Maloney and Chelton (2006), hereafter MC06, examined the ability of a number of coupled climate system models from the International Panel on Climate Change (IPCC) Fourth Assessment Report archive to simulate the positive correlation between SST and surface wind stress magnitude on short spatial scales. They found that few of the models examined were able to properly capture the essence of this relationship and, even in those that did, the magnitude of the response of the winds to SST anomalies was weak relative to observations. Most of the models were not able to simulate the basic response because their ocean component models did not have sufficient resolution to produce SST fronts on scales where the positive correlation arises. One of the models that they examined (the MIROC model) was available in high- and low-resolution versions. The high-resolution version exhibited a more robust correlation and much stronger coupling between SST and wind stress than the lower resolution version.

In this study we extend the analysis of MC06 to examine a suite of experiments carried out with the Community Climate System Model (CCSM) configured with higher resolution ocean and atmospheric components than previously available. In particular we employ a prototype version of the CCSM with an eddy-resolving ocean model (J. L. McClean et al. 2010, unpublished manuscript). Our purpose is to determine whether, and the degree to which, increased resolution in the ocean and/or atmospheric components improves the ability of the climate model to simulate air–sea interaction processes on ocean frontal scales. While relatively small scale, these processes could have much broader impacts on the global climate system. For example, strong air–sea interaction over western boundary currents is critical to the formation of subtropical mode waters and, hence, the subduction of heat anomalies and trace gases into the ocean interior (Hanawa and Talley 2001). Eastern boundary upwelling systems that support highly productive ecosystems can be strongly affected by relatively small-scale features in the wind stress distribution (Chelton et al. 2007). In atmospheric GCM simulations, Minobe et al. (2008) demonstrate that sharp SST gradients in the Gulf Stream are necessary to reproduce the observed climatological precipitation distribution, extending the influence of small-scale air–sea interaction processes throughout the depth of the troposphere. Beyond the obvious need to assess the veracity of the representation of these physical processes in the climate model, this study provides some initial insight into the quality of high-resolution coupled climate model simulations on regional scales, an area where increased attention will be directed in the forthcoming IPCC Fifth Assessment Report.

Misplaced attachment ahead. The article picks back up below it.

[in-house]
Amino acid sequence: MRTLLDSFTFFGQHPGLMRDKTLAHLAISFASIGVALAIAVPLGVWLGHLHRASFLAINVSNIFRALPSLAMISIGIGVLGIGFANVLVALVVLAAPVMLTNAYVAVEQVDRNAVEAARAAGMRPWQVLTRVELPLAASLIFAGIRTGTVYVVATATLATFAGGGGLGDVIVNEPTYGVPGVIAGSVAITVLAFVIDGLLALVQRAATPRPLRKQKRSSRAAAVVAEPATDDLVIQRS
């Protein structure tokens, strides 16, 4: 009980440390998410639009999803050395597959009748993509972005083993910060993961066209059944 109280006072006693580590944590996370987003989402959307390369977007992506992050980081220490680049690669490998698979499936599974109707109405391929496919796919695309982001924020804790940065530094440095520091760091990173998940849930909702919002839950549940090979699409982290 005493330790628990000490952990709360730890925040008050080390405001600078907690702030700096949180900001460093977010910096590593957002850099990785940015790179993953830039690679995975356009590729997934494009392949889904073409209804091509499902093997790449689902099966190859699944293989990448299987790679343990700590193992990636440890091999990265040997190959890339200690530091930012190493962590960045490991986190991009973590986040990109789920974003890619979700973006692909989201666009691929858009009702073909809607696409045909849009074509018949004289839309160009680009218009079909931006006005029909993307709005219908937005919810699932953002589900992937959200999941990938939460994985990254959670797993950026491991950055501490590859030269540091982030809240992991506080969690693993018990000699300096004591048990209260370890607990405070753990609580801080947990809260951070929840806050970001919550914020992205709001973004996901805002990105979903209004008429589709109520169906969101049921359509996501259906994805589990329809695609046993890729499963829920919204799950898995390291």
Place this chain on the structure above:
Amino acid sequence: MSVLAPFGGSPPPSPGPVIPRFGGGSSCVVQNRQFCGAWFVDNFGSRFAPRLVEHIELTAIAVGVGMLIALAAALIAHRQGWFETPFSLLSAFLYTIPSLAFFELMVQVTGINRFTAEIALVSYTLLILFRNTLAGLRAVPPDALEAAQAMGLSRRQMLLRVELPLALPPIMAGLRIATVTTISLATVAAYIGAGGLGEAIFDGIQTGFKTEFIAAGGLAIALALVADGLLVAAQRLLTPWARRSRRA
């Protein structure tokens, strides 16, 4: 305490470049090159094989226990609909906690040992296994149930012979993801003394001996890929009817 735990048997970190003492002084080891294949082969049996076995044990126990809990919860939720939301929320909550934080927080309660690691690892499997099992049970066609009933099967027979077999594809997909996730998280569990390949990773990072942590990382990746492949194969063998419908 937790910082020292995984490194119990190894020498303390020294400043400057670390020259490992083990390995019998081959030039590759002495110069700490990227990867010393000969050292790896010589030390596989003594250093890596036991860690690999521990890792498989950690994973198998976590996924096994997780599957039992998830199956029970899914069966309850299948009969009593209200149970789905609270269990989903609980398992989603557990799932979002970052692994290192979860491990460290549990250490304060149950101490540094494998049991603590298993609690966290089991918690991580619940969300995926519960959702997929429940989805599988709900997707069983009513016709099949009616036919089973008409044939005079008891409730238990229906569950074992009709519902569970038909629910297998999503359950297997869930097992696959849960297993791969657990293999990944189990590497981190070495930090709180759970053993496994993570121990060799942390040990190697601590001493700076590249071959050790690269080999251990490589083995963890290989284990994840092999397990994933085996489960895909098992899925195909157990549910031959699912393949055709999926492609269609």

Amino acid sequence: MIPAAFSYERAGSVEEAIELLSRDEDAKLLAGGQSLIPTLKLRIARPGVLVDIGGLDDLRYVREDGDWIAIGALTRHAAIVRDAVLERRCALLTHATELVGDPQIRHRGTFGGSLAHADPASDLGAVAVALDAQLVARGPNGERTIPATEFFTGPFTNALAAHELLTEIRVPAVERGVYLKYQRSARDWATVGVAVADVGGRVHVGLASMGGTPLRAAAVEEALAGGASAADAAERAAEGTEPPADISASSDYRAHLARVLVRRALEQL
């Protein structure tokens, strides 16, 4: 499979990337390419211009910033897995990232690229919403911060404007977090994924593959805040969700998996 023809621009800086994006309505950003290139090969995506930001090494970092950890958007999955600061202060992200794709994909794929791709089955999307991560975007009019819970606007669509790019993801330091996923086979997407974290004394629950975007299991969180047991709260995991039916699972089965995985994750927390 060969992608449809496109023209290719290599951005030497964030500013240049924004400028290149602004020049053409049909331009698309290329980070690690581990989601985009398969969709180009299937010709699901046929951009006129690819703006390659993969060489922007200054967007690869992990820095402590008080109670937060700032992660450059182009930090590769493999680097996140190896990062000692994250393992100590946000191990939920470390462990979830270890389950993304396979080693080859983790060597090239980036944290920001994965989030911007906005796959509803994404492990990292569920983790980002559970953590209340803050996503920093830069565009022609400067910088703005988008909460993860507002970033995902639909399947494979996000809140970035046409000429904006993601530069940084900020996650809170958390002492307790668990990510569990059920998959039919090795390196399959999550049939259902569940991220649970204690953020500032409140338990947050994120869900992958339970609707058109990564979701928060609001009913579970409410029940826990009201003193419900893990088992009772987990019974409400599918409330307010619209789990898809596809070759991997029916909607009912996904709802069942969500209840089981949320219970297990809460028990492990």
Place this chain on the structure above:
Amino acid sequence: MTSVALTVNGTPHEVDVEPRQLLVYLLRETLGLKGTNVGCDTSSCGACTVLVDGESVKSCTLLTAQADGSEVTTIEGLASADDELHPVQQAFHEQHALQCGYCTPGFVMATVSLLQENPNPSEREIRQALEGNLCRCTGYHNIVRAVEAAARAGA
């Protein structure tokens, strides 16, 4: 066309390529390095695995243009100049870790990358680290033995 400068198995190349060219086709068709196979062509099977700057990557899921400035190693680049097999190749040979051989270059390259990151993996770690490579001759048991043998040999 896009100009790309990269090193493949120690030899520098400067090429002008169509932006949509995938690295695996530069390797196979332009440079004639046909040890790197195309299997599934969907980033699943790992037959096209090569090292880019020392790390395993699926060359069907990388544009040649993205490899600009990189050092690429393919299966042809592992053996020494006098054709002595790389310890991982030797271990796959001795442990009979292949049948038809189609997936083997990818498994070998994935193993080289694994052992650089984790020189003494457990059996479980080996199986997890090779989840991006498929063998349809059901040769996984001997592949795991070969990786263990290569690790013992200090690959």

In the following section we describe the model configuration, experimental design and data processing techniques. In section 3 we present the results. In the final section we discuss the relationship of these results to other studies, and the implications for the design of next generation climate system models.